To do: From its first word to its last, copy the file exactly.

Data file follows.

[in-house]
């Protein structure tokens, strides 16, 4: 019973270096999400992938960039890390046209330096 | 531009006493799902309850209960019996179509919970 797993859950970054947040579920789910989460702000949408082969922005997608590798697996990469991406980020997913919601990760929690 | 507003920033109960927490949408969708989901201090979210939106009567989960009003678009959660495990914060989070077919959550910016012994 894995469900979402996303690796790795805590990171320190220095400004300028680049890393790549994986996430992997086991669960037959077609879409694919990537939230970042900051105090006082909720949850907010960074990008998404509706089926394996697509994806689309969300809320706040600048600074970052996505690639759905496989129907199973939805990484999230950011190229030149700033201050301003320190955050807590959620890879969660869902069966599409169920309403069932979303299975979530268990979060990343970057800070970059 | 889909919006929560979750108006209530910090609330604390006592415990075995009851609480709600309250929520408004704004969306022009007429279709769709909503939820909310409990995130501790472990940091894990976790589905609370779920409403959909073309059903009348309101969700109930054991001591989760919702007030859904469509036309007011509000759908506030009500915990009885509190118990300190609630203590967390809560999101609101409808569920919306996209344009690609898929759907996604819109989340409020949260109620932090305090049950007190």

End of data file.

[in-house]
């Protein structure tokens, strides 16, 4: 019973270096999400992938960039890390046209330096 | 531009006493799902309850209960019996179509919970 797993859950970054947040579920789910989460702000949408082969922005997608590798697996990469991406980020997913919601990760929690 | 507003920033109960927490949408969708989901201090979210939106009567989960009003678009959660495990914060989070077919959550910016012994 894995469900979402996303690796790795805590990171320190220095400004300028680049890393790549994986996430992997086991669960037959077609879409694919990537939230970042900051105090006082909720949850907010960074990008998404509706089926394996697509994806689309969300809320706040600048600074970052996505690639759905496989129907199973939805990484999230950011190229030149700033201050301003320190955050807590959620890879969660869902069966599409169920309403069932979303299975979530268990979060990343970057800070970059 | 889909919006929560979750108006209530910090609330604390006592415990075995009851609480709600309250929520408004704004969306022009007429279709769709909503939820909310409990995130501790472990940091894990976790589905609370779920409403959909073309059903009348309101969700109930054991001591989760919702007030859904469509036309007011509000759908506030009500915990009885509190118990300190609630203590967390809560999101609101409808569920919306996209344009690609898929759907996604819109989340409020949260109620932090305090049950007190």